The subunit composition of mitochondrial NADH:ubiquinone oxidoreductase (complex I) from Pichia pastoris.

TitleThe subunit composition of mitochondrial NADH:ubiquinone oxidoreductase (complex I) from Pichia pastoris.
Publication TypeJournal Article
Year of Publication2010
AuthorsBridges, HR, Fearnley, IM, Hirst, J
JournalMol Cell Proteomics
Volume9
Issue10
Pagination2318-26
Date Published2010 Oct
ISSN1535-9484
KeywordsAmino Acid Sequence, Chromatography, High Pressure Liquid, Electron Transport Complex I, Electrophoresis, Polyacrylamide Gel, Molecular Sequence Data, Pichia, Recombinant Proteins, Spectrometry, Mass, Electrospray Ionization, Spectrometry, Mass, Matrix-Assisted Laser Desorption-Ionization
Abstract

Respiratory complex I (NADH:quinone oxidoreductase) is an entry point to the electron transport chain in the mitochondria of many eukaryotes. It is a large, multisubunit enzyme with a hydrophilic domain in the matrix and a hydrophobic domain in the mitochondrial inner membrane. Here we present a comprehensive analysis of the protein composition and post-translational modifications of complex I from Pichia pastoris, using a combination of proteomic and bioinformatic approaches. Forty-one subunits were identified in P. pastoris complex I, comprising the 14 core (conserved) subunits and 27 supernumerary subunits; seven of the core subunits are mitochondrial encoded. Three of the supernumerary subunits (named NUSM, NUTM, and NUUM) have not been observed previously in any species of complex I. However, homologues to all three of them are present in either Yarrowia lipolytica or Pichia angusta complex I. P. pastoris complex I has 39 subunits in common with Y. lipolytica complex I, 37 in common with N. crassa complex I, and 35 in common with the bovine enzyme. The mitochondrial encoded subunits (translated by the mold mitochondrial genetic code) retain their N-α-formyl methionine residues. At least eight subunits are N-α-acetylated, but the N-terminal modifications of the nuclear encoded subunits are not well-conserved. A combination of two methods of protein separation (SDS-PAGE and HPLC) and three different mass spectrometry techniques (peptide mass fingerprinting, tandem MS and molecular mass measurements) were required to define the protein complement of P. pastoris complex I. This requirement highlights the need for inclusive and comprehensive strategies for the characterization of challenging membrane-bound protein complexes containing both hydrophilic and hydrophobic components.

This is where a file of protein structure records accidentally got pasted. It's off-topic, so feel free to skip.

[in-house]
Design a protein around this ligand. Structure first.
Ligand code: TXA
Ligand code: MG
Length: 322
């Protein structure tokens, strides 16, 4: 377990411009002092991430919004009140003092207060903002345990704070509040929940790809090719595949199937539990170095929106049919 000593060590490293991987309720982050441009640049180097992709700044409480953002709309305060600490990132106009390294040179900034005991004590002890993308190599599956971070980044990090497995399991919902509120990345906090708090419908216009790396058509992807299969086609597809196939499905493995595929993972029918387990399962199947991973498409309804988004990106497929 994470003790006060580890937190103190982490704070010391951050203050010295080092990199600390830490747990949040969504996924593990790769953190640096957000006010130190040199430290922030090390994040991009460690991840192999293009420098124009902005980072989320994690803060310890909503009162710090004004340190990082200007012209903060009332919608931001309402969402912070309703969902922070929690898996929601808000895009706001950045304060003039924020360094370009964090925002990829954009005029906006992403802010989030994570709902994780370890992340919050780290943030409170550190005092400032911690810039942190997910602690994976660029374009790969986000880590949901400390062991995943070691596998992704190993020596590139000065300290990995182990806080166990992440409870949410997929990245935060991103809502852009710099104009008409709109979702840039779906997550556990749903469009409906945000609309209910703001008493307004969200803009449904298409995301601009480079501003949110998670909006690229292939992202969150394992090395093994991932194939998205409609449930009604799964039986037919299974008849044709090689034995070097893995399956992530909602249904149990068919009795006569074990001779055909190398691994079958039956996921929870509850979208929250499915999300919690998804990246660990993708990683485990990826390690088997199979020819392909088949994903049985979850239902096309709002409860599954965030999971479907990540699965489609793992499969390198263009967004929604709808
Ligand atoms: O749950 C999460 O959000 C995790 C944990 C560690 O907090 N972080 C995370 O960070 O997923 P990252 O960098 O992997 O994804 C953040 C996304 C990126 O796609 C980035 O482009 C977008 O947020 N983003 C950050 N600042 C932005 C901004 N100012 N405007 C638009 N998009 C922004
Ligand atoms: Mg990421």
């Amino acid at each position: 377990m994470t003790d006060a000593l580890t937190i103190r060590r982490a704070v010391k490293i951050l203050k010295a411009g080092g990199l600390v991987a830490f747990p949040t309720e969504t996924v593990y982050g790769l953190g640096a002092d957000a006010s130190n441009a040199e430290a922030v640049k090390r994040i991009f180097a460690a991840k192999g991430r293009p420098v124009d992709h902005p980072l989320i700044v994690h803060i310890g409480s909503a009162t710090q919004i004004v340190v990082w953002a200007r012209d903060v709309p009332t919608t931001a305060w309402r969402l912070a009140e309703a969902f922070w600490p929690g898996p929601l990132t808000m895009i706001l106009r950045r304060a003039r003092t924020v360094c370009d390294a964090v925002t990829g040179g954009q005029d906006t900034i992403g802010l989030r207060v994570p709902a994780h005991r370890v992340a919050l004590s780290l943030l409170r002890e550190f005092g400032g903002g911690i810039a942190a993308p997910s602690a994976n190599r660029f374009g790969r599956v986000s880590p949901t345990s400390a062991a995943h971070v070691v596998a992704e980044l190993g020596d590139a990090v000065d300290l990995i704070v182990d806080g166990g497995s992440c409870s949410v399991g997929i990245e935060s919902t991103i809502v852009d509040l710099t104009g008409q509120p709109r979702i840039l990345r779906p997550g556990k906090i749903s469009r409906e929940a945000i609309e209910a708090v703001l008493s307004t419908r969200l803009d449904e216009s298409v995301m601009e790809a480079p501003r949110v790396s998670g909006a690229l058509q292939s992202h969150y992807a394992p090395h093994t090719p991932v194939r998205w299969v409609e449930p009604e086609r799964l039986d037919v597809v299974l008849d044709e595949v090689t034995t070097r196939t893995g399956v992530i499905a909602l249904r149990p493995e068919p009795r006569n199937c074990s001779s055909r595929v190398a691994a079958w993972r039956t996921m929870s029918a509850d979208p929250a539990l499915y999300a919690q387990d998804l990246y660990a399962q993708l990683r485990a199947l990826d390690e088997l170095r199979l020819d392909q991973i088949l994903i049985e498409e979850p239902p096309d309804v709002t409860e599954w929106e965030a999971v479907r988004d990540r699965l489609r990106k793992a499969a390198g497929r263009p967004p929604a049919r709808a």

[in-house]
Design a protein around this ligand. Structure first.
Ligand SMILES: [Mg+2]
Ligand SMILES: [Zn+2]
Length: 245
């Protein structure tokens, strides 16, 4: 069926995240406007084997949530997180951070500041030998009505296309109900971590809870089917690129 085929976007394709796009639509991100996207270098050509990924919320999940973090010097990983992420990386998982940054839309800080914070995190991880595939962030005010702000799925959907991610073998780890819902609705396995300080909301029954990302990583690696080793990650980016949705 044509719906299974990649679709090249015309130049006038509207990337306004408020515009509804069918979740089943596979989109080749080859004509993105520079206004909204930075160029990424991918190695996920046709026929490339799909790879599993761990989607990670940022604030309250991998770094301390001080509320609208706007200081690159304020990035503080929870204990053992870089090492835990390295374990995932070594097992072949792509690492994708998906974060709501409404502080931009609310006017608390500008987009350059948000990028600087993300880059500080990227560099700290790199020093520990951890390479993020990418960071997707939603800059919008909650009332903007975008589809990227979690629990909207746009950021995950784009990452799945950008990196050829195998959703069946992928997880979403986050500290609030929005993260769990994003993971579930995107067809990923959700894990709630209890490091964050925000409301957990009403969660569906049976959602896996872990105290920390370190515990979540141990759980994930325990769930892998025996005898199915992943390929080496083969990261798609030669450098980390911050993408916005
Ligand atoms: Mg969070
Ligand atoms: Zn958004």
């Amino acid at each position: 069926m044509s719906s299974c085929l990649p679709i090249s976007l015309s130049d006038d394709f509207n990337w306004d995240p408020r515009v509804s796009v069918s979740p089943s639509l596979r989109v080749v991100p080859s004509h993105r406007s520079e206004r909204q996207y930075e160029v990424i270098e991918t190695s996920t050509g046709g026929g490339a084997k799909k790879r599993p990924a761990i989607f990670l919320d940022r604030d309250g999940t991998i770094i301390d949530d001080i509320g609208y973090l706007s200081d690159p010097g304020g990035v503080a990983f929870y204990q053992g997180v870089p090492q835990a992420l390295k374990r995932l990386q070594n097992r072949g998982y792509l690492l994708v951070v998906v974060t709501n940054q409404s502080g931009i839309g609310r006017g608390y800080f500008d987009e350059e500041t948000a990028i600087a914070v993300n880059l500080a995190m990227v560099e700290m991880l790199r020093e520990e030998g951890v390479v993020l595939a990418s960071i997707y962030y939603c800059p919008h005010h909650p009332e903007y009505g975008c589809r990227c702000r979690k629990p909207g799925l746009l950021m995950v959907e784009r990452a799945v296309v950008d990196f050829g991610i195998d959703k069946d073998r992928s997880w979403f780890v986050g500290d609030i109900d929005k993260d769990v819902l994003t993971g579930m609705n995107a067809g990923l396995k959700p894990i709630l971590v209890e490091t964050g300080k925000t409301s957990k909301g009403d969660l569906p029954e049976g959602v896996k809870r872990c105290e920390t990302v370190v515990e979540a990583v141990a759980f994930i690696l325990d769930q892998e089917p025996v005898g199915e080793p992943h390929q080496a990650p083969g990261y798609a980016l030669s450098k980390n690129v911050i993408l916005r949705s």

DOI10.1074/mcp.M110.001255
Alternate JournalMol. Cell Proteomics
Citation Key10.1074/mcp.M110.001255
PubMed ID20610779
PubMed Central IDPMC2953923
Grant ListMC_U105663141 / / Medical Research Council / United Kingdom